Why cut there? In figuring out where to cut, a few things need to be considered and trade-offs need to be made. First, you want to minimize the area of the cut that will be seen externally as repairs are seldom perfect to the admiring eye. You also need to cut such that it is optimal for aligning the new piece to its correct position. You also need to consider the ability to get to both sides of what is cut for glassing. Considering these and where the car was damaged, I decide on the cutline above and cut both the damaged car and the donor clip leaving a small gap.

 
I will cut you

I made templates and transferred the cut lines to the new clip. I then cut the new clip.


Matched up

Next step was to grind to ensure correct match up and to install metal plates that allowed the body piece to slide and adjust as necessary.


 Plated


 Adjustment plates

Once everything looked good, the glassing started. First you grind down a wedge and add glass building layers. If possible you grind wedges on both sides of the joint.


 Glassed


 Side Glassed

Once enough glass is on to hold position, the plates come off and more glass is added and ground / sanded.


 Glass Ground

A small amount of filler is then used to get the surface smooth. Cracks through the gelcoat, primer, paint from the flexing during the impact also are ground out and filled. Otherwise they will show through after repainted.


 All smooth

Everything is sanded smooth with 220 paper and is then primed to see where more work is needed.


 Primed


 Not Too Bad

From the looks of the lines near the top of the fender, some more fill work will be needed as they are not straight enough for my liking yet. You may have noticed some small bumps - these are from me using left over primer to fill pin holes and small imperfections with a toothpick (easier than putty). Next steps are to sand and fill a bit more then it's time to re-prime.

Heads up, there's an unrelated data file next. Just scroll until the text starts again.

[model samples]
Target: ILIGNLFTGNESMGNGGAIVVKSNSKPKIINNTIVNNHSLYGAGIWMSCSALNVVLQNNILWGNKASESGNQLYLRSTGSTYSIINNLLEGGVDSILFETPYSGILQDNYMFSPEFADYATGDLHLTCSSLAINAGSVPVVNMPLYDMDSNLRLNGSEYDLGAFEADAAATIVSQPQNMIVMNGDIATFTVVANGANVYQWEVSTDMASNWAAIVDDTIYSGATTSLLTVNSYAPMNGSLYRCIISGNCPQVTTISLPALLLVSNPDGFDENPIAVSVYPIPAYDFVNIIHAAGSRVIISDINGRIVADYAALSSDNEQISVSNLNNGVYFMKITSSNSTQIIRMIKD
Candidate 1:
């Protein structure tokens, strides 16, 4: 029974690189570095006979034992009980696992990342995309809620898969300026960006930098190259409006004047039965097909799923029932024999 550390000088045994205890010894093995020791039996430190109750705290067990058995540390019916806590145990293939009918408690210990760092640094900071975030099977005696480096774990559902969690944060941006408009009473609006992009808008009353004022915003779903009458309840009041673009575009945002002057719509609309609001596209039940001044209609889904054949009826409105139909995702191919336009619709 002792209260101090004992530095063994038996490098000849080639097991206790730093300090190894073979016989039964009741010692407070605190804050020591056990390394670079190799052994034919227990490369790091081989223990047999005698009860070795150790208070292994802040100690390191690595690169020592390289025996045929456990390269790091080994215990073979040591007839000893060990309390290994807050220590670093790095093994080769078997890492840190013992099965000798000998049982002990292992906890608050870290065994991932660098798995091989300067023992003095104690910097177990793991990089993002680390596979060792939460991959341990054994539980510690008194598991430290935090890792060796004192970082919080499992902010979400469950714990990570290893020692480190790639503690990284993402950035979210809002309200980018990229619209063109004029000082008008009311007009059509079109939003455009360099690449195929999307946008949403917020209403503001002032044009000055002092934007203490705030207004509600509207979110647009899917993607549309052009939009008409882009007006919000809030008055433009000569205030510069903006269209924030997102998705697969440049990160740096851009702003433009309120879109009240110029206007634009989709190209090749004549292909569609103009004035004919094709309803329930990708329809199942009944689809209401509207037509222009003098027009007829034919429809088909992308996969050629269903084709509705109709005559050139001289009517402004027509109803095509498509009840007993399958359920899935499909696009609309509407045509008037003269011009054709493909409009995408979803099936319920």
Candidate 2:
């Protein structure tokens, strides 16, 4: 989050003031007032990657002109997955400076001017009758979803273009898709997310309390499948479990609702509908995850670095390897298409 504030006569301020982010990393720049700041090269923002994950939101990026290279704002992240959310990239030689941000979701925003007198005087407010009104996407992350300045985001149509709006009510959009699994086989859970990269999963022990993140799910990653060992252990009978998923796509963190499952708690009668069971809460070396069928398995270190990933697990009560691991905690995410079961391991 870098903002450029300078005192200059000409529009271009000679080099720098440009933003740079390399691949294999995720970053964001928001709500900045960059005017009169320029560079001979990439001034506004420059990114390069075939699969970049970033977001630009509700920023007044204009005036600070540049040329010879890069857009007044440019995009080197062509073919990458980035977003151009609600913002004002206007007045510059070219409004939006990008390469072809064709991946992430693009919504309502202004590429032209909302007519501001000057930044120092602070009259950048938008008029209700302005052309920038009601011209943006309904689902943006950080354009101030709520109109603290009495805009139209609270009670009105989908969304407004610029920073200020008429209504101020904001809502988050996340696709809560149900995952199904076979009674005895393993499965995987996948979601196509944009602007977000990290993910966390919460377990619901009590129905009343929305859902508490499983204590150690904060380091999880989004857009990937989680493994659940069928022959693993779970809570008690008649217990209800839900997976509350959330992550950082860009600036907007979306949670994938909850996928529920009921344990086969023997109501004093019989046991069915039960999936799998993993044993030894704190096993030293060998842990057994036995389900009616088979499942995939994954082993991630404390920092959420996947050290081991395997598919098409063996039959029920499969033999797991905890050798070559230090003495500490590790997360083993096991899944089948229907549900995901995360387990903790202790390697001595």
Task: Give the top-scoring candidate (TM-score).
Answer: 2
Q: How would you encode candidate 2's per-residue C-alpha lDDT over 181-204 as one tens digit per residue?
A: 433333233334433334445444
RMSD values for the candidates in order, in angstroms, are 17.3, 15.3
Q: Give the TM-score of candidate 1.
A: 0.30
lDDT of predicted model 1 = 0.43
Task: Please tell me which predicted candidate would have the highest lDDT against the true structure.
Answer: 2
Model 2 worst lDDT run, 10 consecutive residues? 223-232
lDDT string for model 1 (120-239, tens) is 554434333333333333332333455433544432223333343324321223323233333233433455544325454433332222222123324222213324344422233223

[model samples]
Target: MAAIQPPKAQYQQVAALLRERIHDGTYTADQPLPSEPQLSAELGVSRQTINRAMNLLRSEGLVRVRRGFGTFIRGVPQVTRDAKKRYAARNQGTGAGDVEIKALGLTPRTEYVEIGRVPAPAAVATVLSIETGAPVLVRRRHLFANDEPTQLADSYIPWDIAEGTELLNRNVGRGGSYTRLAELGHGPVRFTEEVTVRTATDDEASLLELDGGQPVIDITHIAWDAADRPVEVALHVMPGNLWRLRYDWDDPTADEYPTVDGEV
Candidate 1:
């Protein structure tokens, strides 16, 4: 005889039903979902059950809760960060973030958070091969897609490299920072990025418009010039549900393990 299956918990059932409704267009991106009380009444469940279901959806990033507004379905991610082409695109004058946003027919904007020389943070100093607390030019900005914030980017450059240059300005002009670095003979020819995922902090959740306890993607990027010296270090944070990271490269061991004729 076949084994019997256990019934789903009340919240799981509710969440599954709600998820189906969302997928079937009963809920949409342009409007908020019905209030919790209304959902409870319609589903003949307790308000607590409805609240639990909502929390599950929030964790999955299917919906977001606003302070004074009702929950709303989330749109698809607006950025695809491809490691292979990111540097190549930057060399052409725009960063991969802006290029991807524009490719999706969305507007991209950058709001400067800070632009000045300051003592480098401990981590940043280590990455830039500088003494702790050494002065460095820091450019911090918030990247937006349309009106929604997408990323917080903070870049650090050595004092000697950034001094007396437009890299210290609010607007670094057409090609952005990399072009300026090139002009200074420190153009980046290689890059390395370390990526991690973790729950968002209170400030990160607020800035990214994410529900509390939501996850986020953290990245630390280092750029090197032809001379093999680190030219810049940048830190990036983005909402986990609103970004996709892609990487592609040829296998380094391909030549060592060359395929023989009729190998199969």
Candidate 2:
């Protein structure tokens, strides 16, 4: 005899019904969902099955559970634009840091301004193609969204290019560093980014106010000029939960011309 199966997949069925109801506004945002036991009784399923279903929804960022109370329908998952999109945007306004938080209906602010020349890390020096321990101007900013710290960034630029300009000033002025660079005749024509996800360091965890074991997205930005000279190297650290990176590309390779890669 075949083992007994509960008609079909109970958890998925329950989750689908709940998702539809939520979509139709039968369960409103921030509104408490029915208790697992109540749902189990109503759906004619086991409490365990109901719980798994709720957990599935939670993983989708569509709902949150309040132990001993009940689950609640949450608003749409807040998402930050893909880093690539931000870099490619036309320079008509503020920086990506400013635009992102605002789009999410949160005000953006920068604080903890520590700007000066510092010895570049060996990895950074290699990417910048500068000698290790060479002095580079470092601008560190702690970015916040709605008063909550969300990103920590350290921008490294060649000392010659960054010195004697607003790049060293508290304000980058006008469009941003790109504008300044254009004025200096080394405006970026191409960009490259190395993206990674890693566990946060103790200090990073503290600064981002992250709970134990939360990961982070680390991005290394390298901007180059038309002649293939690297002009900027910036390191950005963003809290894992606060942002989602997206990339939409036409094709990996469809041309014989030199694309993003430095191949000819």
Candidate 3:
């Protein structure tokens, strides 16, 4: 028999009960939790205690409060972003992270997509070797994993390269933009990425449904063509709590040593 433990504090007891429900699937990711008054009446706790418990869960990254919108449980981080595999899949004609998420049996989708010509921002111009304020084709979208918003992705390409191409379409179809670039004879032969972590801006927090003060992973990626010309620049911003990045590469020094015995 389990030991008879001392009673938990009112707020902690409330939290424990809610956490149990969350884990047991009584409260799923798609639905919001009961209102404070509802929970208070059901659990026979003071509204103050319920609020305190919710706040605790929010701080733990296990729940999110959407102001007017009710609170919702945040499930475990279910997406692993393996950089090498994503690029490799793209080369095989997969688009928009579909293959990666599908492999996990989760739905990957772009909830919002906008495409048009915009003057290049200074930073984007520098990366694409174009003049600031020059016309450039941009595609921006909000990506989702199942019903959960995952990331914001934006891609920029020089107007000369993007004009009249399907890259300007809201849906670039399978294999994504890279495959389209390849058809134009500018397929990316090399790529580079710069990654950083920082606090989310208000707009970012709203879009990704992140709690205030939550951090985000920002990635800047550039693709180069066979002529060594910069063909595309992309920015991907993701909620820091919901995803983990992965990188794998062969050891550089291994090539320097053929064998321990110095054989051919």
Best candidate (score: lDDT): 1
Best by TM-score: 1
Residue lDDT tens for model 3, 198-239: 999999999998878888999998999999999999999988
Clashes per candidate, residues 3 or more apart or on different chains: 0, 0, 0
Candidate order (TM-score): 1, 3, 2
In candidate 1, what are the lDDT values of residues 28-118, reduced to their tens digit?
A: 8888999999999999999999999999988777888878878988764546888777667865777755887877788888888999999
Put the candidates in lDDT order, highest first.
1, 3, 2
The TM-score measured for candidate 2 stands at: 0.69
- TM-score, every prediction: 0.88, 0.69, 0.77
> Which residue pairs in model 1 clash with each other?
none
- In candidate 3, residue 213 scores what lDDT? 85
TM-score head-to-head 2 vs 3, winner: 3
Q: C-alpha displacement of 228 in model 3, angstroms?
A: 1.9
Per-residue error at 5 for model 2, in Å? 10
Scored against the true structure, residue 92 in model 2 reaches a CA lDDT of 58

I wanted to get the interior moving along and the bulge in the dash from the metal bent up from the passenger airbag release had long been a thorn in my side.


 Blown Air Bag

Removing the air bag provided me with the opportunity to slice and puncture my hands with the tiny shards of glass from the windshield that were hiding in the path to the bolts. I had to remove the instrument cluster pod and with that I discovered why the check engine light was off.


 Engine light hidden

Both the Engine and Oil lights were removed (broken socket) and taped up and down into a corner in the pod. That silly DPO - second car I bought with this trick performed. Luckily when restored to their correct position, they came on and... went out - Wheph!

With the airbag removed, two things need to be fixed. The first is the bag cover itself, which is a thin aluminum plate covered by foam and leather that tends to curl right up upon bag release. The second is the metal frame that holds the airbag, which has no part number in any parts list I have seen. The cover can be pressed and beaten back into a flat shape and the hinge can also be straightened. But this results in this:


 Flat but ugly (like my first girlfriend)

So I took that cover to the upholstery shop for new leather.

I then took to straightening the frame using the vise and hammer and anvil. I removed the straight frame from the other '97 car for use as a pattern and after a lot of work got it really close to the original shape and painted it black.


 All Straight

Once the cover was fixed, I put everything back together.


 All Pretty

Now of course the panel no longer reads "Lotus Air Bag" but it only cost $25 to recover so I am going to live with it.

With the dash straight, the windshield can go back in. I bought two of them for about $500 each and had them crated and shipped from the east coast.


 Shields Up

So now it is really starting to feel like a car again (especially inside).

Next Steps... That pesky hood had its hinge plates ripped out and there's a bit more ravine exterior side damage to fix.

That's the end of the update as of January 7, 2012